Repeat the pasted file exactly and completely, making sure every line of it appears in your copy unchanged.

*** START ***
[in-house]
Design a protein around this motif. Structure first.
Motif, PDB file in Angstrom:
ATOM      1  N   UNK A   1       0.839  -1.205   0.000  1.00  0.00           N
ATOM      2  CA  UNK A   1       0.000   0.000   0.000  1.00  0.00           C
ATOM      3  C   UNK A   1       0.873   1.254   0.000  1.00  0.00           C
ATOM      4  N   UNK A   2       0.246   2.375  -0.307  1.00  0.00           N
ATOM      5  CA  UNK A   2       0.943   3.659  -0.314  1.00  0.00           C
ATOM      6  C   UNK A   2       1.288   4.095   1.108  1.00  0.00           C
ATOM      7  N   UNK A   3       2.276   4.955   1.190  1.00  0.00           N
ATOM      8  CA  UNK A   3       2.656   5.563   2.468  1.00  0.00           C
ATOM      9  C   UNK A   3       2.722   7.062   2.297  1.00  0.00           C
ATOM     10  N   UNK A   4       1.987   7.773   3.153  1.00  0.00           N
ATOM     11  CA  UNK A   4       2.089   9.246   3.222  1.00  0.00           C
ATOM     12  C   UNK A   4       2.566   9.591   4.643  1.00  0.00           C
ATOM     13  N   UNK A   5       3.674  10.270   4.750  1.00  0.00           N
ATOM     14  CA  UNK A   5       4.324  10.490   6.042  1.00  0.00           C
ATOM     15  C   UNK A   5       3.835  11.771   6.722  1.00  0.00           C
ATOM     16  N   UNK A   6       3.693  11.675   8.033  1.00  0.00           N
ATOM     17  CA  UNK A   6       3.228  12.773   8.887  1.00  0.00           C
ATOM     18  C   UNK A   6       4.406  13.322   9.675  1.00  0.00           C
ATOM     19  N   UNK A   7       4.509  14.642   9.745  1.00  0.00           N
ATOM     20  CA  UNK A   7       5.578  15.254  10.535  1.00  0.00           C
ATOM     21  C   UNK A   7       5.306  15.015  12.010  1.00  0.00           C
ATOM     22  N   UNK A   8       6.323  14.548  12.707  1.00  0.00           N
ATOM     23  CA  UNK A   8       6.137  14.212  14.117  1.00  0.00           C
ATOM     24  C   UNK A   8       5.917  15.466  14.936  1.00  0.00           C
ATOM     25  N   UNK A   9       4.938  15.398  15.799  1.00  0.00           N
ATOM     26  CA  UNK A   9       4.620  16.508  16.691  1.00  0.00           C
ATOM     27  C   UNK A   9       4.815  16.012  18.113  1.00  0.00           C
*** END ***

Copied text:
[in-house]
Design a protein around this motif. Structure first.
Motif, PDB file in Angstrom:
ATOM      1  N   UNK A   1       0.839  -1.205   0.000  1.00  0.00           N
ATOM      2  CA  UNK A   1       0.000   0.000   0.000  1.00  0.00           C
ATOM      3  C   UNK A   1       0.873   1.254   0.000  1.00  0.00           C
ATOM      4  N   UNK A   2       0.246   2.375  -0.307  1.00  0.00           N
ATOM      5  CA  UNK A   2       0.943   3.659  -0.314  1.00  0.00           C
ATOM      6  C   UNK A   2       1.288   4.095   1.108  1.00  0.00           C
ATOM      7  N   UNK A   3       2.276   4.955   1.190  1.00  0.00           N
ATOM      8  CA  UNK A   3       2.656   5.563   2.468  1.00  0.00           C
ATOM      9  C   UNK A   3       2.722   7.062   2.297  1.00  0.00           C
ATOM     10  N   UNK A   4       1.987   7.773   3.153  1.00  0.00           N
ATOM     11  CA  UNK A   4       2.089   9.246   3.222  1.00  0.00           C
ATOM     12  C   UNK A   4       2.566   9.591   4.643  1.00  0.00           C
ATOM     13  N   UNK A   5       3.674  10.270   4.750  1.00  0.00           N
ATOM     14  CA  UNK A   5       4.324  10.490   6.042  1.00  0.00           C
ATOM     15  C   UNK A   5       3.835  11.771   6.722  1.00  0.00           C
ATOM     16  N   UNK A   6       3.693  11.675   8.033  1.00  0.00           N
ATOM     17  CA  UNK A   6       3.228  12.773   8.887  1.00  0.00           C
ATOM     18  C   UNK A   6       4.406  13.322   9.675  1.00  0.00           C
ATOM     19  N   UNK A   7       4.509  14.642   9.745  1.00  0.00           N
ATOM     20  CA  UNK A   7       5.578  15.254  10.535  1.00  0.00           C
ATOM     21  C   UNK A   7       5.306  15.015  12.010  1.00  0.00           C
ATOM     22  N   UNK A   8       6.323  14.548  12.707  1.00  0.00           N
ATOM     23  CA  UNK A   8       6.137  14.212  14.117  1.00  0.00           C
ATOM     24  C   UNK A   8       5.917  15.466  14.936  1.00  0.00           C
ATOM     25  N   UNK A   9       4.938  15.398  15.799  1.00  0.00           N
ATOM     26  CA  UNK A   9       4.620  16.508  16.691  1.00  0.00           C
ATOM     27  C   UNK A   9       4.815  16.012  18.113  1.00  0.00           C